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Pamila Brown.
Photo by Ron Aira

Similar bipartisan bills in the Senate and the House of Rep­resentatives call for the ABA Commission on Domestic Violence to create and main­tain the National Domestic Violence Volunteer Attorney Network.

Sponsors of the bills hope the commission would be able to mobilize as many as 100,000 volunteer lawyers to represent domestic violence victims, thousands of whom go without legal counsel every year.

Currently, legal services for domestic violence victims come largely from a patchwork of legal services lawyers, state-level domestic violence coalitions, law school clinics and private attorneys.

The bills in Congress envi­sion a more comprehensive network organized by the Do­mestic Violence Commis­sion in which a coordinator in each state would link clients and lawyers. In addition to maintaining the overall network, the commission would coordinate training, mentoring and technical services for lawyers par­ticipating in the network.

The Senate version of the Nation­al Domestic Vio­lence Volunteer At­torney Network Act (S. 1515) was reported out of committee in mid-May, prompting praise from ABA President William H. Neukom of Seattle.

“Thousands of victims of domestic violence go without legal representation every year—something that so many of us take for granted,” said Neukom after the committee’s action. “Every day lives are at risk because we do not adequately protect or advocate for victims of domestic violence. This legislation, if passed, can save lives and shield the innocent from violence.”

The Senate bill is sponsored by Sens. Joseph R. Biden Jr., D-Del., and Arlen Specter, R-Pa. The House bill (H.R. 6088) is sponsored by Reps. John Conyers Jr., D-Mich., and Ted Poe, R-Texas. That bill is pending in the House Judiciary Committee.

COORDINATED APPROACH

The domestic violence commis­sion would organize the volunteer attorney network in coordination with the ABA Standing Committee on Pro Bono and Public Service, along with other domestic violence and pro bono organizations. The bill would authorize Congress to award grants to fund those efforts.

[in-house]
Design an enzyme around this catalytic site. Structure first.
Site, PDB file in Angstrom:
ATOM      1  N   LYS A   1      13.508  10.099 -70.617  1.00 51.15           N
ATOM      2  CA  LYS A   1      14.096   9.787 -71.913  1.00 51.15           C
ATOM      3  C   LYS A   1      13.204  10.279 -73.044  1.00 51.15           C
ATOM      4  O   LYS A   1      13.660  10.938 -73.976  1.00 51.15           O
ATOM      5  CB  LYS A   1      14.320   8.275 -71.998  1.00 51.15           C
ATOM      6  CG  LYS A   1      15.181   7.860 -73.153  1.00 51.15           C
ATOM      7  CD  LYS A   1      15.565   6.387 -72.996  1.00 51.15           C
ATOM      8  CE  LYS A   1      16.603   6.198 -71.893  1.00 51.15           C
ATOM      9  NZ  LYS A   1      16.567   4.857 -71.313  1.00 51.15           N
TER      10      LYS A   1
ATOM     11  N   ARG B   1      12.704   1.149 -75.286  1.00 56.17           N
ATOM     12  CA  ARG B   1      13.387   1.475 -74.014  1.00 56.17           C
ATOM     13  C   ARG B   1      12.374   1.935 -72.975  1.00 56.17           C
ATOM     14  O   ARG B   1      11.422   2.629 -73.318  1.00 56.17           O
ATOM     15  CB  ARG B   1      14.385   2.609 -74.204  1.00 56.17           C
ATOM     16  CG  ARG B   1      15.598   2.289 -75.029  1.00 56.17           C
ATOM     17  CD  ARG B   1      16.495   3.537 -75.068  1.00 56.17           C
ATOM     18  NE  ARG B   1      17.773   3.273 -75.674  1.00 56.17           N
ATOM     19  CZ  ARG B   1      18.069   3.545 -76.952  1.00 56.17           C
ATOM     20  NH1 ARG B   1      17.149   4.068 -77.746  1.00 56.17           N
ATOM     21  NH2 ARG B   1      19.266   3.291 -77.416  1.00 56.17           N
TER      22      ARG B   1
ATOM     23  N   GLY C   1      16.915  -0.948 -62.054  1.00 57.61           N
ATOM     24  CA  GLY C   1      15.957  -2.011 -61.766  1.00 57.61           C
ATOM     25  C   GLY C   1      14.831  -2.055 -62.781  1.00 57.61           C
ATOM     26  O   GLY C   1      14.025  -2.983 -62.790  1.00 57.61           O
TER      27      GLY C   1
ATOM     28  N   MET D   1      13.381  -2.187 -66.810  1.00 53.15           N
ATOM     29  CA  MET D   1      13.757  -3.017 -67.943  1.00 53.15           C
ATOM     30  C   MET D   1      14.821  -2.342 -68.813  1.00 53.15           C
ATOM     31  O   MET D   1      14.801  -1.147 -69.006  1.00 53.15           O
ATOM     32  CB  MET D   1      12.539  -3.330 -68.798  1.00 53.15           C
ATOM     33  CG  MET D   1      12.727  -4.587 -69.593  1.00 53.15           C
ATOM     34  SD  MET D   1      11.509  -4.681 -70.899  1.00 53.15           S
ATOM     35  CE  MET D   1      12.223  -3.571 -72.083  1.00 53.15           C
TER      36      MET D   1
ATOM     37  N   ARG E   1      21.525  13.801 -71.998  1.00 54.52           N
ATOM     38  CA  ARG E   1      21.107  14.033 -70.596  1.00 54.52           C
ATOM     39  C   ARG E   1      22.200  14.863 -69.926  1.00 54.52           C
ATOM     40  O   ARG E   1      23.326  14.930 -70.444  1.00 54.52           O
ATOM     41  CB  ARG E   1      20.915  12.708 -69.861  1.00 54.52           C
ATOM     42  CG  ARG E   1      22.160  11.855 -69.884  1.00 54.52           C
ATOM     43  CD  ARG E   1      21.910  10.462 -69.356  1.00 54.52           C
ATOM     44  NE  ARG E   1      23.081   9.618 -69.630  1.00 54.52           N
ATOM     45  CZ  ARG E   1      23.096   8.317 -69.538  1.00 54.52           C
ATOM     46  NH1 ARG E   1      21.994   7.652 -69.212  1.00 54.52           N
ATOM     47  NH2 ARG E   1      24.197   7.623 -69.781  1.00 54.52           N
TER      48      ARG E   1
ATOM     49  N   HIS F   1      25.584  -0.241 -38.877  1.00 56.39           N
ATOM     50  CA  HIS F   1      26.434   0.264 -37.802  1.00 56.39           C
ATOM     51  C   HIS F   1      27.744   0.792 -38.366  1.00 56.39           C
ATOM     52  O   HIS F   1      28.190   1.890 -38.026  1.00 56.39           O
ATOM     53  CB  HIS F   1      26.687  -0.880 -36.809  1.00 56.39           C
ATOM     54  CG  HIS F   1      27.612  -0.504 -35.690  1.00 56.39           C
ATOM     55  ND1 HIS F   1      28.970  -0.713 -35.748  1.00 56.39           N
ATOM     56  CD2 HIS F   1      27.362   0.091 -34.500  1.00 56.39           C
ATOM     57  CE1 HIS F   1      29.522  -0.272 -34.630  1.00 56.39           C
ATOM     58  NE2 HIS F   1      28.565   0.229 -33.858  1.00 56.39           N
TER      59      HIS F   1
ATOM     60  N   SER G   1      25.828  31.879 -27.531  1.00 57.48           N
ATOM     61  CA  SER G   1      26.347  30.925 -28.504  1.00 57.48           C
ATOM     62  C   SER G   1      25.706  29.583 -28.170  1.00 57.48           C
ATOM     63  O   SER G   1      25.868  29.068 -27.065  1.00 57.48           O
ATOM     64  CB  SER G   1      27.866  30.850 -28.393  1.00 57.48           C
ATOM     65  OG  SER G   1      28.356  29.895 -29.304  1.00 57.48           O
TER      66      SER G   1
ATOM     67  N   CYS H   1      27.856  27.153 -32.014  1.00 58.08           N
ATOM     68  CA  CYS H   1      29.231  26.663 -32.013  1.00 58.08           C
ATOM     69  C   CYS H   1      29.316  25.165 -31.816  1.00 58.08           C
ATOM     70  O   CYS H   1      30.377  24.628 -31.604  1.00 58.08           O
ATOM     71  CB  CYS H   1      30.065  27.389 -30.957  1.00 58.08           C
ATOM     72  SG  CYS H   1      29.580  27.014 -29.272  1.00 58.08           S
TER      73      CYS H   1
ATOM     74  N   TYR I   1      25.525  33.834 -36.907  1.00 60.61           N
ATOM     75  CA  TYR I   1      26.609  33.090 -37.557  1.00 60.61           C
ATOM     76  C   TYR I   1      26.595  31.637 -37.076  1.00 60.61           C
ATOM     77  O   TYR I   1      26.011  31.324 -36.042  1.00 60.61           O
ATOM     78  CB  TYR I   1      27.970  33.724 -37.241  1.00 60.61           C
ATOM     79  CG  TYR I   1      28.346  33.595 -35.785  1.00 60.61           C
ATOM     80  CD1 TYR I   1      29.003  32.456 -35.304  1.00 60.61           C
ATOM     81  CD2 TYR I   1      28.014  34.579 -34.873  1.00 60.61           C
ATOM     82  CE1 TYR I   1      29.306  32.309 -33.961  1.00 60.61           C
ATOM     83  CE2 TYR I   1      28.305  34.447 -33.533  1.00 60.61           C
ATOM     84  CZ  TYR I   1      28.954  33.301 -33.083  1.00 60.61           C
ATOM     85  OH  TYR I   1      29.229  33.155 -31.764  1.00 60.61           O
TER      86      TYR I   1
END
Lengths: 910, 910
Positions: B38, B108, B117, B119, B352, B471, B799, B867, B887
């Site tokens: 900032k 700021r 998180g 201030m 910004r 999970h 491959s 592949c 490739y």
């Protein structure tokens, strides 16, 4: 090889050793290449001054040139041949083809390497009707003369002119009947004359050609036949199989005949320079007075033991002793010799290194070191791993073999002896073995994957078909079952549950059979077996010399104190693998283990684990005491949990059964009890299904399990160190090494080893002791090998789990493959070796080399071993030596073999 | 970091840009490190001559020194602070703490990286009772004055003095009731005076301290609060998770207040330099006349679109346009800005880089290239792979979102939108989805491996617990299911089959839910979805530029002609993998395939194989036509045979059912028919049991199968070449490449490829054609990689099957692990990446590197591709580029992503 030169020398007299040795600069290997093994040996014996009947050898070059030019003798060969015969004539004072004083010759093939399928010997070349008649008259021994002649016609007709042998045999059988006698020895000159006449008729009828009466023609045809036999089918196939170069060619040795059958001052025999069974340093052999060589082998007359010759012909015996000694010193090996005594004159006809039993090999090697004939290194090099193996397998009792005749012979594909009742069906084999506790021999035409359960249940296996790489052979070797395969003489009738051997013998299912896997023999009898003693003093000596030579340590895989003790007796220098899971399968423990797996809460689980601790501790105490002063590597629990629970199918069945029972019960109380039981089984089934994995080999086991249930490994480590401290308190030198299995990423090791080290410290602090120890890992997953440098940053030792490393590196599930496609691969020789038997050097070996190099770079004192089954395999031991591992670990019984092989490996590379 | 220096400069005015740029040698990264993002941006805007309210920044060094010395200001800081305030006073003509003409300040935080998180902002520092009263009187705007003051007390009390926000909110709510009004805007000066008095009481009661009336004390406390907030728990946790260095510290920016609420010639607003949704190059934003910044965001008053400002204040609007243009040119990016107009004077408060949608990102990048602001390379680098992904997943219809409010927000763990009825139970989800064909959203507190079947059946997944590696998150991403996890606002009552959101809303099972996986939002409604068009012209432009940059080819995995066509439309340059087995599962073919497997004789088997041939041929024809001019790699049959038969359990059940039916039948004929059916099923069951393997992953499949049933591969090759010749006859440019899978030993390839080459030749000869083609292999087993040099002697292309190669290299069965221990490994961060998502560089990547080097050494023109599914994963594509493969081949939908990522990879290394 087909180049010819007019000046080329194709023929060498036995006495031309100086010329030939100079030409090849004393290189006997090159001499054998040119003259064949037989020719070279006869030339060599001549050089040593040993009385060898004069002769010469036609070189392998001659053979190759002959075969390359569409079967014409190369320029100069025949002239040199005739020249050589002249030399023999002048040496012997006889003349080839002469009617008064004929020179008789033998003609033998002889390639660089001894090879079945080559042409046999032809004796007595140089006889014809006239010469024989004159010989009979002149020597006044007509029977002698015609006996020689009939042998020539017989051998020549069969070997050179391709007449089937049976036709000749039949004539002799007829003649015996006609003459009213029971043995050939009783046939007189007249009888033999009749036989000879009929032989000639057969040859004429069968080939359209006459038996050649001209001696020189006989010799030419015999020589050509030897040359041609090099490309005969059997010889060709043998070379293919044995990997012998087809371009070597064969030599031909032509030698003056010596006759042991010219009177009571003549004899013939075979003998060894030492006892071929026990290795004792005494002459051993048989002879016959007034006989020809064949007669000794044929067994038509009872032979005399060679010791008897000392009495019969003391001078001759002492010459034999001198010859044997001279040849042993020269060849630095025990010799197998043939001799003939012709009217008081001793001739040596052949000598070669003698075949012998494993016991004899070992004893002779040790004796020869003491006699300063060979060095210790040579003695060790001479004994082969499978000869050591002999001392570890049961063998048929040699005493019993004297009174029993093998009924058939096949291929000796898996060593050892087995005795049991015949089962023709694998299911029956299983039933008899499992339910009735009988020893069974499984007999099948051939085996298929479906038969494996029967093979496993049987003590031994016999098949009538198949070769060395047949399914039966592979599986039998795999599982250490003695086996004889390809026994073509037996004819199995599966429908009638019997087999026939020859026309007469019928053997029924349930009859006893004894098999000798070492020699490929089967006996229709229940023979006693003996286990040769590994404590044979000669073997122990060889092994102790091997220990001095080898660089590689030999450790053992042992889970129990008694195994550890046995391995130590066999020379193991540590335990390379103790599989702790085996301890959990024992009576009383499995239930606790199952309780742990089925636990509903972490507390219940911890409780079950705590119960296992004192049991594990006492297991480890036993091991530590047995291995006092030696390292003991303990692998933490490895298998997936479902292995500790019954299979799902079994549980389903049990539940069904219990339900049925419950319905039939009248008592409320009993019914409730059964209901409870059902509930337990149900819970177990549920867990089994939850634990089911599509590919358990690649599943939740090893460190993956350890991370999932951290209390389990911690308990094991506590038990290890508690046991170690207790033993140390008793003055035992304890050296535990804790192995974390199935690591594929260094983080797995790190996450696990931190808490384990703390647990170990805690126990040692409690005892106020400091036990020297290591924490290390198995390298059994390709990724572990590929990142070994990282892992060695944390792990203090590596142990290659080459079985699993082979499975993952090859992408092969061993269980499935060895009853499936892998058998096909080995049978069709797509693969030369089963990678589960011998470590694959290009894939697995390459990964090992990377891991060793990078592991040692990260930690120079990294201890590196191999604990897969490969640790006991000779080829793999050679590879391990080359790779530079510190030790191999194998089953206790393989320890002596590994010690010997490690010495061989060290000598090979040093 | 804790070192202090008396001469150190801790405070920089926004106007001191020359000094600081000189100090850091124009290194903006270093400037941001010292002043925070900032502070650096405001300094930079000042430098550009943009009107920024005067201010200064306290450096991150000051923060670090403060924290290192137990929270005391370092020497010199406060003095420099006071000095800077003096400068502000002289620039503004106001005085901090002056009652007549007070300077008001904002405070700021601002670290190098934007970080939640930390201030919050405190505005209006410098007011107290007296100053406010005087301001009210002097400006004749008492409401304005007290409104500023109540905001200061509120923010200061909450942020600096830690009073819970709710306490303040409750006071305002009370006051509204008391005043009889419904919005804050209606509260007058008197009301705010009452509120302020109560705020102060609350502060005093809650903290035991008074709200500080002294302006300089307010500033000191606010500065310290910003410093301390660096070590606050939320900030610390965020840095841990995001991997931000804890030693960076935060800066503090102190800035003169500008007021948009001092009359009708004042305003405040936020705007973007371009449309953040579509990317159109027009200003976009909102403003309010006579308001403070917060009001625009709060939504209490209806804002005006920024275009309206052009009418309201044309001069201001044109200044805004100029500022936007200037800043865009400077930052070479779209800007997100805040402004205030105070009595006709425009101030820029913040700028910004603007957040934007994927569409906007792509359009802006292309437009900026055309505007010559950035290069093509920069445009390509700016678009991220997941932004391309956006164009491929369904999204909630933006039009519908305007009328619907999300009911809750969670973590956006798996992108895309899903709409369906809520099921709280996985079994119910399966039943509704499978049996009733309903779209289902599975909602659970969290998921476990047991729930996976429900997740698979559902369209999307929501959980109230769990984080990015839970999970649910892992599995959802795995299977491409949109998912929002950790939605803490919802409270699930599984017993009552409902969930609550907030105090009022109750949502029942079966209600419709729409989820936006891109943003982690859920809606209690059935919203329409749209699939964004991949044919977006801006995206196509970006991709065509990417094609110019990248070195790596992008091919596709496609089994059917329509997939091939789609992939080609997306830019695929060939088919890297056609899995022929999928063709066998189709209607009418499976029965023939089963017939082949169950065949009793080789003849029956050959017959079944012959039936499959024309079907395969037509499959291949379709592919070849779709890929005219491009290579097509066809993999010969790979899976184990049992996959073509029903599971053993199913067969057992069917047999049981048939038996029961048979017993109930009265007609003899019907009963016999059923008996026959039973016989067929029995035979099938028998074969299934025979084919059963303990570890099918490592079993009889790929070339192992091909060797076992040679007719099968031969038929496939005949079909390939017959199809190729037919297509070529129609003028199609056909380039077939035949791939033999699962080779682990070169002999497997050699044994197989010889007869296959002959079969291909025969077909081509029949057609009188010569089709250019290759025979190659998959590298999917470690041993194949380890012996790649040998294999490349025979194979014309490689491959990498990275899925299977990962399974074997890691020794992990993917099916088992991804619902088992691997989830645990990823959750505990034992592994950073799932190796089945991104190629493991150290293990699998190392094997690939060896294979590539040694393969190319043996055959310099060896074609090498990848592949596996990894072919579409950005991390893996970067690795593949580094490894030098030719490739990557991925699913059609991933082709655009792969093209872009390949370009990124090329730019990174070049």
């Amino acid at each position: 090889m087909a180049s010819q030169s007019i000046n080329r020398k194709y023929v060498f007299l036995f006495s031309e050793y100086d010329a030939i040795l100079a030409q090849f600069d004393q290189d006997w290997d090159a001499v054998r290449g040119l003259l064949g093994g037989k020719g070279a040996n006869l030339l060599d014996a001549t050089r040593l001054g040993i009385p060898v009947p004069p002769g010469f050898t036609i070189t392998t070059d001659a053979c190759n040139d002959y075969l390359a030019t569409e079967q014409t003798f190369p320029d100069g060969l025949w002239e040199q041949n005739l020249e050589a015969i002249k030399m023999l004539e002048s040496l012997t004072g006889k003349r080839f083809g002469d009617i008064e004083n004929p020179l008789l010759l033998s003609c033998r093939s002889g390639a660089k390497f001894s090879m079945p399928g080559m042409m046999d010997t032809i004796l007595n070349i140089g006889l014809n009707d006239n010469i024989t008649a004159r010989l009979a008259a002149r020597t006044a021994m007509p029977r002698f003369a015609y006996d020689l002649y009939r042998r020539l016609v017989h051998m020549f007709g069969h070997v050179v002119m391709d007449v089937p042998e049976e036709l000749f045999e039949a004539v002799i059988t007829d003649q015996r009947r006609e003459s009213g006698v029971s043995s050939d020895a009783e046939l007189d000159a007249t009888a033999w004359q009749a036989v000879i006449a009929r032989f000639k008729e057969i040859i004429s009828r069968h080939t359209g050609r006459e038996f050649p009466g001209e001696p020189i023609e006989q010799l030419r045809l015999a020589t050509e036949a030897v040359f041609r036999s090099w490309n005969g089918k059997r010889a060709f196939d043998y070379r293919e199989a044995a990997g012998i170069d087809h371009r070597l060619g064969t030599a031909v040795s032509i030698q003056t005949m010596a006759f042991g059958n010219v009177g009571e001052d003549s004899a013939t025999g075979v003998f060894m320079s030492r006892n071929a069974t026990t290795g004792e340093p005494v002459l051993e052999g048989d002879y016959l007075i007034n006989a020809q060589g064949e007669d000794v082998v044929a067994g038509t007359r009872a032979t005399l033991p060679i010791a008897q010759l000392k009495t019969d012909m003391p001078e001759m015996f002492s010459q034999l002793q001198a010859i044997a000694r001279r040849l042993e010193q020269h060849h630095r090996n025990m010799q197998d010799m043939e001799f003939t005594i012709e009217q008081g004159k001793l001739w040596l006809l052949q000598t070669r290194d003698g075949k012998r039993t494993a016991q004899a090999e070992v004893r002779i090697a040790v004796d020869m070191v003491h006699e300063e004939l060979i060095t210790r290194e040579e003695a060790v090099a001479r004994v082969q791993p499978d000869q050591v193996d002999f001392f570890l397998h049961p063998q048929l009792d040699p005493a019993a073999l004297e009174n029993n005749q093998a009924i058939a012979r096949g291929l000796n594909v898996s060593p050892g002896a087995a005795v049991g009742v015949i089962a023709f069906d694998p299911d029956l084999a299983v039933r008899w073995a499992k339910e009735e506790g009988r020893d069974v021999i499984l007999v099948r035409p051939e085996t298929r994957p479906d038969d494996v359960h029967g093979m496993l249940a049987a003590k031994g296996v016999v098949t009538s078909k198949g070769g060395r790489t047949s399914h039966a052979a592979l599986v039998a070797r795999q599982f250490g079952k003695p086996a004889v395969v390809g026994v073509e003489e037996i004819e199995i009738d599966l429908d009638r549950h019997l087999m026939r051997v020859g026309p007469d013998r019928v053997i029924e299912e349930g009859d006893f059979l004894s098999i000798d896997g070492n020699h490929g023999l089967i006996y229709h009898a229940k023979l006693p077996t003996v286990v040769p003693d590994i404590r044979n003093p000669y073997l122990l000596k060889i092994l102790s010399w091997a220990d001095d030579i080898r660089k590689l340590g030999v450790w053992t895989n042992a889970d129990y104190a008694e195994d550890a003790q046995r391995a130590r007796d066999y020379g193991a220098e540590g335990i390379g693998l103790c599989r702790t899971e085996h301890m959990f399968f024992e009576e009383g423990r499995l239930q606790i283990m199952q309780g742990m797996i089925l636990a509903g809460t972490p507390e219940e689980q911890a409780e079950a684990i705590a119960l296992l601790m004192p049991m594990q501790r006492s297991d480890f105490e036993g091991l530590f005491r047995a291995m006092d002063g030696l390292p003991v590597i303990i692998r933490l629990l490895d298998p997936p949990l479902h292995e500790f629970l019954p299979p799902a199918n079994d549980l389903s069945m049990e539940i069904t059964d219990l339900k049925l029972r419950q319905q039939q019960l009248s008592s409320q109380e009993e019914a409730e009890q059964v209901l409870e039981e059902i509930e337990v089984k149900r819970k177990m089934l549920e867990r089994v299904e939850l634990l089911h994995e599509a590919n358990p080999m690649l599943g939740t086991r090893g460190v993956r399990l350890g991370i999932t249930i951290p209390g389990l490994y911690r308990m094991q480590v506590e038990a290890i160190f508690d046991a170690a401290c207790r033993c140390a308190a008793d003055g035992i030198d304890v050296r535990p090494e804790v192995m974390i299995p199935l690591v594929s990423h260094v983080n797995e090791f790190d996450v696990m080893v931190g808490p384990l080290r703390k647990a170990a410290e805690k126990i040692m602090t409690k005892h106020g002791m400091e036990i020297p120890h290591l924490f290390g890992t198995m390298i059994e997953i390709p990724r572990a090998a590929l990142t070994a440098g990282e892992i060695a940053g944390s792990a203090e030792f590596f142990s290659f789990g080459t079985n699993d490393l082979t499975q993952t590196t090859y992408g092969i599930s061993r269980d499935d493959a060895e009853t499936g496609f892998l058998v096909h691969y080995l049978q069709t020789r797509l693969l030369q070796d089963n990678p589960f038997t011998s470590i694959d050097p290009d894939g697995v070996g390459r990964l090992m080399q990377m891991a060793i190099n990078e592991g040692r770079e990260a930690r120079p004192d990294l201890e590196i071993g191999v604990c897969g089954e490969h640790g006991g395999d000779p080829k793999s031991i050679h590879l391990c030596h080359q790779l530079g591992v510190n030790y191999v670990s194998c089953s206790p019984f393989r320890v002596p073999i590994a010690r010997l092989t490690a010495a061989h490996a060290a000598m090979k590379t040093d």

The Senate bill calls for additional funding to go to the National Do­mestic Violence Hotline for updating its system and training advocates on how to provide legal referrals to lawyers in the network being set up by the ABA.

The hotline, a nonprofit organization established in 1996 as a component of the 1994 Vio­lence Against Women Act, received 236,907 calls from victims of domestic violence in 2007. The second most frequent reason victims called the hotline was to ask for legal help.

“We all know that access to legal services is key to combating domestic violence,” says Pamila J. Brown, a state district court judge in Ellicott City, Md., who chairs the Do­mestic Violence Commission. “This legislation would go a long way toward providing resources for victims by allowing facilitation of training for attorneys and providing victims with access to needed services.”

The bill calls for the volunteer attorney network to be introduced in five states, then be implemented nationwide over the following few years —with funding from Congress to support startup efforts in the states.

Overall guidance for the volunteer attorney network and referral project would be provided by a domestic violence legal advisory task force that would report to Congress every two years.

The legislation also calls for the National Institute of Justice to conduct a study of the scope and quality of legal representation and advocacy for victims of domestic violence, dat­ing violence and stalking, including how those services accommodate cultural and linguistic factors.

This column is written by the ABA Governmental Affairs Office and discusses advocacy efforts by teh ABA relating to issues being addressed by Congress and the executive branch of the federal government.


Rhonda McMillion is editor of Washington Letter, an ABA Governmental Affairs Office publication.


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